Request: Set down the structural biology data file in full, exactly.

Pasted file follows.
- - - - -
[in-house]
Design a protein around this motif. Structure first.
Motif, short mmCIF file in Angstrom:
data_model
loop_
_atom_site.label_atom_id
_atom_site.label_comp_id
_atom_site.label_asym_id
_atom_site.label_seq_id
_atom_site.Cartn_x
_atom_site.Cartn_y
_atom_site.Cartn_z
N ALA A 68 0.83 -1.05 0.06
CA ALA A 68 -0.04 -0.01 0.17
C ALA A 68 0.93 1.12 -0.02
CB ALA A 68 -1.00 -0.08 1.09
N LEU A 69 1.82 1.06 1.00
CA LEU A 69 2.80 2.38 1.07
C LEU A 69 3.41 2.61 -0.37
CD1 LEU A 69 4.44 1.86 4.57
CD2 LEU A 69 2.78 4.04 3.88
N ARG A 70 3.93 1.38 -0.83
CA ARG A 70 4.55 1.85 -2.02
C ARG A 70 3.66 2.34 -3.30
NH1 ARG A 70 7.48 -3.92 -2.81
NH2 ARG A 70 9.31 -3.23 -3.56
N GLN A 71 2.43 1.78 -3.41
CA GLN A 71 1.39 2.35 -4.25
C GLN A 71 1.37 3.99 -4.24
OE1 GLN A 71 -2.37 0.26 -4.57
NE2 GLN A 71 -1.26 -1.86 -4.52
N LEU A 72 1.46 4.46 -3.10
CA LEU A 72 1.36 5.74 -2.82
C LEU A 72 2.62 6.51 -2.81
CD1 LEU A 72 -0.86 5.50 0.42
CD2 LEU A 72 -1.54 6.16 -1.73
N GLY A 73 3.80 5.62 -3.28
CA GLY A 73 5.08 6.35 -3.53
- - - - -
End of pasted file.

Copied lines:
[in-house]
Design a protein around this motif. Structure first.
Motif, short mmCIF file in Angstrom:
data_model
loop_
_atom_site.label_atom_id
_atom_site.label_comp_id
_atom_site.label_asym_id
_atom_site.label_seq_id
_atom_site.Cartn_x
_atom_site.Cartn_y
_atom_site.Cartn_z
N ALA A 68 0.83 -1.05 0.06
CA ALA A 68 -0.04 -0.01 0.17
C ALA A 68 0.93 1.12 -0.02
CB ALA A 68 -1.00 -0.08 1.09
N LEU A 69 1.82 1.06 1.00
CA LEU A 69 2.80 2.38 1.07
C LEU A 69 3.41 2.61 -0.37
CD1 LEU A 69 4.44 1.86 4.57
CD2 LEU A 69 2.78 4.04 3.88
N ARG A 70 3.93 1.38 -0.83
CA ARG A 70 4.55 1.85 -2.02
C ARG A 70 3.66 2.34 -3.30
NH1 ARG A 70 7.48 -3.92 -2.81
NH2 ARG A 70 9.31 -3.23 -3.56
N GLN A 71 2.43 1.78 -3.41
CA GLN A 71 1.39 2.35 -4.25
C GLN A 71 1.37 3.99 -4.24
OE1 GLN A 71 -2.37 0.26 -4.57
NE2 GLN A 71 -1.26 -1.86 -4.52
N LEU A 72 1.46 4.46 -3.10
CA LEU A 72 1.36 5.74 -2.82
C LEU A 72 2.62 6.51 -2.81
CD1 LEU A 72 -0.86 5.50 0.42
CD2 LEU A 72 -1.54 6.16 -1.73
N GLY A 73 3.80 5.62 -3.28
CA GLY A 73 5.08 6.35 -3.53